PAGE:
Private Revolution: J Is for Just Stayed Home

So often when talking to friends or family who ask, “So what did you do this weekend?” my response is “I just stayed home.”

Why do I feel the need to add just, I wonder? Almost always, I wanted to be at home, doing routine things, indexing, writing, reading, cooking, feeding my betta fish. I’ve always been like this, but I also suspect that it sounds very boring to many people.

What a joy to read Elizabeth Wildman’s “In Praise of Peace, Quiet, and Rug Picnics,” published on Susan Cain’s Quiet Revolution website, and know that I am far from alone:

I’ve always been self-conscious—if not downright apologetic—about being a homebody. That’s the term I would have used to describe myself back when I was a latch-key kid growing up in the suburbs, spending most of my free time curled beneath a blanket with a book. Or writing in my diary. Or daydreaming, cat in lap. I didn’t really know what an introvert was or understand the exact reasons why I wanted to be left alone, but my desire to withdraw from the outside world seemed wrong somehow, and I struggled to invent excuses for my behavior. “Sorry,” my little brother was trained to say to anyone who called for me. “She can’t come to the phone right now.” “Sorry,” I might say if I was invited to a sleepover party. “I’m coming down with a cold.”

Of course, I couldn’t just tell my friends the truth: that the social demands of the school day left me depleted and I needed time and space to recover and rebuild my confidence. Would they think I was weird? Dump me from their inner circle? (They did both, eventually.) Read more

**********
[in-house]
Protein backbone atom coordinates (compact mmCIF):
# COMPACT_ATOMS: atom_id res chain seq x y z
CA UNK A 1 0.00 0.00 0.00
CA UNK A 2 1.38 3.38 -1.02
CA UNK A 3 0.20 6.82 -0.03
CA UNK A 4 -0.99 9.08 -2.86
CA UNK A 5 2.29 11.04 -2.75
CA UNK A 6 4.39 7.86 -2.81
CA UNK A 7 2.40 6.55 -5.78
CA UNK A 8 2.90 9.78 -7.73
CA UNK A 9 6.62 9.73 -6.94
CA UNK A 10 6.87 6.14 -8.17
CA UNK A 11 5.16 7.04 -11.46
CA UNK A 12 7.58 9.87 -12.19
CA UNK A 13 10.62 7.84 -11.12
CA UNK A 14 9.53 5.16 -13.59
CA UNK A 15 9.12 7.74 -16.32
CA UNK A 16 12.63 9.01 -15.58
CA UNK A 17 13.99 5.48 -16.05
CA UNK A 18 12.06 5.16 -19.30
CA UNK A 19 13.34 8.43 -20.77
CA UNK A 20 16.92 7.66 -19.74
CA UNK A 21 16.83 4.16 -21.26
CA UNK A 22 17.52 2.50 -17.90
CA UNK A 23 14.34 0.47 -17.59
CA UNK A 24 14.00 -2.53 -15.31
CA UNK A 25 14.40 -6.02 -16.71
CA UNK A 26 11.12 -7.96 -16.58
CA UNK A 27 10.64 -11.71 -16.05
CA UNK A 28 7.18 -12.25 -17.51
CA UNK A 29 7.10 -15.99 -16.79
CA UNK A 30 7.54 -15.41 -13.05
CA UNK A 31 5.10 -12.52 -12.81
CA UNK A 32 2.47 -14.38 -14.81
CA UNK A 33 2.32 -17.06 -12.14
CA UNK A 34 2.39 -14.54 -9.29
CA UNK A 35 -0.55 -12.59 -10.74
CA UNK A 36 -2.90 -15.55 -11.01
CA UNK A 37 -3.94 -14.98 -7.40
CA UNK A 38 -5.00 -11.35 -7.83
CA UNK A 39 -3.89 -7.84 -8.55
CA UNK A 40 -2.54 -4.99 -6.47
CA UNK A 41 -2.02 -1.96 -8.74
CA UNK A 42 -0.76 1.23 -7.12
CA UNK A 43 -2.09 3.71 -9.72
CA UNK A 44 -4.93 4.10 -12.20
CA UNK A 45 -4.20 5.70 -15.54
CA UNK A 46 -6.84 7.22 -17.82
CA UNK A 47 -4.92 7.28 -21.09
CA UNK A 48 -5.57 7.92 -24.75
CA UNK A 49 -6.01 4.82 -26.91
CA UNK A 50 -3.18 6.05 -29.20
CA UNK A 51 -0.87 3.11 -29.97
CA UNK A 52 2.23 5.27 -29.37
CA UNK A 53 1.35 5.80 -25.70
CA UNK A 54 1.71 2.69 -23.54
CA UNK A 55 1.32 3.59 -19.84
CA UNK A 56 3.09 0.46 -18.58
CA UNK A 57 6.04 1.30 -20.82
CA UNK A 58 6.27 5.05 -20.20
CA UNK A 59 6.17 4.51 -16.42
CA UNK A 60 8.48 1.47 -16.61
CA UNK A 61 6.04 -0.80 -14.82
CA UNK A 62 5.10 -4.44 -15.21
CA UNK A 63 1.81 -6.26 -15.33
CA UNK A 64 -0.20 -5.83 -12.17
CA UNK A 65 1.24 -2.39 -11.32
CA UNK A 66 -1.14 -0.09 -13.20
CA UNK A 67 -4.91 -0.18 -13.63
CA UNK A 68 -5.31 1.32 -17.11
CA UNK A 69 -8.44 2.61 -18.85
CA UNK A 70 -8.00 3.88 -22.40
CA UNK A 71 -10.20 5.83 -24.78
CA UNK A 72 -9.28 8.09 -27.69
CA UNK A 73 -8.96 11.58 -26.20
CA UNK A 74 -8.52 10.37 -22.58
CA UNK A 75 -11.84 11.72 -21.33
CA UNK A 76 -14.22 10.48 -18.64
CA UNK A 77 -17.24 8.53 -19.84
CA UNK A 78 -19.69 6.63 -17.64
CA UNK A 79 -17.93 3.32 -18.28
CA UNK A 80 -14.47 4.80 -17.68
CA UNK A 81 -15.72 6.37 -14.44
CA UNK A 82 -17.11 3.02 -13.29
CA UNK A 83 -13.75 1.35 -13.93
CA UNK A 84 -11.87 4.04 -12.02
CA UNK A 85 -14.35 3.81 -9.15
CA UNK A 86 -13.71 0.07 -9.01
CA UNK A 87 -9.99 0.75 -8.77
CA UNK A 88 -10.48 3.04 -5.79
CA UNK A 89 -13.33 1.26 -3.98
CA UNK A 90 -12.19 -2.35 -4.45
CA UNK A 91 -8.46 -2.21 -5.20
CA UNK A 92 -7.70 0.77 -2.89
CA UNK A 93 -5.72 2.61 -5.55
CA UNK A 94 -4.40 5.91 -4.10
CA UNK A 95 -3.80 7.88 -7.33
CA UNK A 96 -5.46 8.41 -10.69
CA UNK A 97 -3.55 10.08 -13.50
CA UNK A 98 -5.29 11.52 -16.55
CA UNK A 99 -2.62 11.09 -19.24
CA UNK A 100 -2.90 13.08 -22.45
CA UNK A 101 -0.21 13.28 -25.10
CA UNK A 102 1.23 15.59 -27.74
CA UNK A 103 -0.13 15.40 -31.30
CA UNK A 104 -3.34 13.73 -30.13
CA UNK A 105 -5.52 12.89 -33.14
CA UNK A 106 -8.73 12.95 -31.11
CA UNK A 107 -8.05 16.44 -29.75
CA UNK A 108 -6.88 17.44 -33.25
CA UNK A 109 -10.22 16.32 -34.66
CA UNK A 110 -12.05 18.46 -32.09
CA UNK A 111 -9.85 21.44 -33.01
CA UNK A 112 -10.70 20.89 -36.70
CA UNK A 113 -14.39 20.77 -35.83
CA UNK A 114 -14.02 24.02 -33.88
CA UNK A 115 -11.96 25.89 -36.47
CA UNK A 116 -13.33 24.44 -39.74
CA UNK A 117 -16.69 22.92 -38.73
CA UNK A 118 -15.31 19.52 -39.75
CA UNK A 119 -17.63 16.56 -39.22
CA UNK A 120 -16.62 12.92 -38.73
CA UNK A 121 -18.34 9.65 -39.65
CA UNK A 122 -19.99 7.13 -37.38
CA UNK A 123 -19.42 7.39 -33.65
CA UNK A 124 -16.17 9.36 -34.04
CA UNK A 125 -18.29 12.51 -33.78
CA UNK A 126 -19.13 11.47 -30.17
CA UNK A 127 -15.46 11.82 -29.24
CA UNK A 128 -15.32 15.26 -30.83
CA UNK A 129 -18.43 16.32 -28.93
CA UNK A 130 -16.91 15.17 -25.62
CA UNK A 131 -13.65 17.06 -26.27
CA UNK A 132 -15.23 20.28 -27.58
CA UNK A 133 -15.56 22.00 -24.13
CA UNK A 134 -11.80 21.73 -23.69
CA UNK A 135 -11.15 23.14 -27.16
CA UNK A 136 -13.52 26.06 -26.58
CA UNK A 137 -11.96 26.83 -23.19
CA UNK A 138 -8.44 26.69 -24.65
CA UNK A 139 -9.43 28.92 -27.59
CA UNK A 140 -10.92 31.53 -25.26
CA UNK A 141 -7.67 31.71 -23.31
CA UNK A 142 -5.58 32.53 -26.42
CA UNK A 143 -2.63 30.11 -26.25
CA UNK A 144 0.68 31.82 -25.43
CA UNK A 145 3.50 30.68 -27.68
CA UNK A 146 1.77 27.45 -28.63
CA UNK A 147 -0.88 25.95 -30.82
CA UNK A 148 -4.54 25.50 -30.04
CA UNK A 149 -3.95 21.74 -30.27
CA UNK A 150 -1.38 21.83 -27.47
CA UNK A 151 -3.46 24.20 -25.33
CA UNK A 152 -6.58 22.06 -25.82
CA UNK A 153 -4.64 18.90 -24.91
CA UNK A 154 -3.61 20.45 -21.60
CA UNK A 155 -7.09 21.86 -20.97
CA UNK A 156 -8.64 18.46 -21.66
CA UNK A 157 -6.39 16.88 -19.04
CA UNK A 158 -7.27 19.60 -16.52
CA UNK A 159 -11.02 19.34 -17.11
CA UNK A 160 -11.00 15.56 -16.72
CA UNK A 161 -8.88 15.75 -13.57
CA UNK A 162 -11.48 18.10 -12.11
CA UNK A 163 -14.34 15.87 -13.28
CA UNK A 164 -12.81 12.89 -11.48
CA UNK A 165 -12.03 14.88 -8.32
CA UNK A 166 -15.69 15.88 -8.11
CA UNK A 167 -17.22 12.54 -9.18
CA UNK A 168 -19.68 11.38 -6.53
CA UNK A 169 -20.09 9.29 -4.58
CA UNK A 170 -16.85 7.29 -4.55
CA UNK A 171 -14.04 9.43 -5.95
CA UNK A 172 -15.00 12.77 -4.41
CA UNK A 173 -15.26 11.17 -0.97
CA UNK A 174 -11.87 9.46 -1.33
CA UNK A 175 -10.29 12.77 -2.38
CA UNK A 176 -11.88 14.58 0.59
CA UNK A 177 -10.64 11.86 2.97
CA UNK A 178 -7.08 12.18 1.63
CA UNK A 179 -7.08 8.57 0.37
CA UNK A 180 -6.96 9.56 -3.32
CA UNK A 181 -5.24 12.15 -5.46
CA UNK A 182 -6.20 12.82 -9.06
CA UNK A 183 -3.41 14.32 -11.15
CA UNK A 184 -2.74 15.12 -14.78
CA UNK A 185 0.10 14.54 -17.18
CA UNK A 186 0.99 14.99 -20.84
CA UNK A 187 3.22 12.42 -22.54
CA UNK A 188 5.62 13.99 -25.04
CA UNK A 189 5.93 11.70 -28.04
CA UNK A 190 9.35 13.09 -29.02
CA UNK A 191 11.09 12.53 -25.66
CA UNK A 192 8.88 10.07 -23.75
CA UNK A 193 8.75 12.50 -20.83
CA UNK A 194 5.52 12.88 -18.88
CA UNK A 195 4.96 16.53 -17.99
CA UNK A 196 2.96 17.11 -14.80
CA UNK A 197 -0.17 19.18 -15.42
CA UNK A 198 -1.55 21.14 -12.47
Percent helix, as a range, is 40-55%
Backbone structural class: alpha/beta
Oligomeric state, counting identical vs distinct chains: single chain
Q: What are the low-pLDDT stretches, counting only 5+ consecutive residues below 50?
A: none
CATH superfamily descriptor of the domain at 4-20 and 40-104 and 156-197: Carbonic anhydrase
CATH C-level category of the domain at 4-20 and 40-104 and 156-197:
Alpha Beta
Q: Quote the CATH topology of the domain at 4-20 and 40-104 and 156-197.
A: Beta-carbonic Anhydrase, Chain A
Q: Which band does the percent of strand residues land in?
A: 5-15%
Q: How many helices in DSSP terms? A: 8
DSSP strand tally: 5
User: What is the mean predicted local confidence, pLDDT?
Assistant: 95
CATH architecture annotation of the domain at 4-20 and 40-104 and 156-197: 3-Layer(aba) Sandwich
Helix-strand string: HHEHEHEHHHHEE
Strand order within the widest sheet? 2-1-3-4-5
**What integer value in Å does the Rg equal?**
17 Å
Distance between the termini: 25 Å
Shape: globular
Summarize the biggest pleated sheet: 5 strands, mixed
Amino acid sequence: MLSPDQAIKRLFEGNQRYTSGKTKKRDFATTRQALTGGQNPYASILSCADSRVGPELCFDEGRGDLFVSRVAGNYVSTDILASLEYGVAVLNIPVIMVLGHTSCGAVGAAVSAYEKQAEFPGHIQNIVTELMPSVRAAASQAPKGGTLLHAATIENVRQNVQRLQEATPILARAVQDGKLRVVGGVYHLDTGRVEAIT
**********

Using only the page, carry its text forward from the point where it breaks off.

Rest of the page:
JThis post is part of the April A to Z Blog Challenge. For more on my 2016 theme of Private Revolution, see A Is for Ambition. Click here to read all posts in the Private Revolution A to Z Challenge blog series.

4 thoughts on “Private Revolution: J Is for Just Stayed Home

  1. I love this….I am becoming more and more like this, and it has worried me. I have scored as an extrovert on every test since I was probably 5 years old. I like people, I like action, but suddenly as I reached retirement age and pulled back on my fiscal responsibilities, I all I want is to have some peace and quiet. I want to Just Stay Home. Sometimes I think about the fact that for a long time my dad came to see me….then at some point he stopped, and I had to always go see him. I want to just stay here and have the world come to me for a change after years of going out pursuing it. Maybe those who are introverts always have this wall blocking their outward movement. I’m just now experiencing it. Let me stay home and write or work on projects or pet the cat. Let me Just Stay Home!

    • Sally, that is really interesting! Research bears out your experience, as well. One study of the Big Five personality traits across the lifespan showed “Extraversion showed a linear pattern of age differences such that the youngest group scored the highest and the oldest group scored the lowest on this measure.”

  2. Love this. I’m also becoming such a “just stayed home” type of person as I grow older. When I was very young, I was similar. I was satisfied with the world inside of my mind. When I became a young adult, there were other places and things I wanted to see and understand. Now, growing older, I find that I far prefer to be at home – my favorite world – with my family.

  3. We are alike in so many ways, Marianne! I am grateful that technology allows such easy contact with our son and daughter-in-law, extending the concept of home much further.

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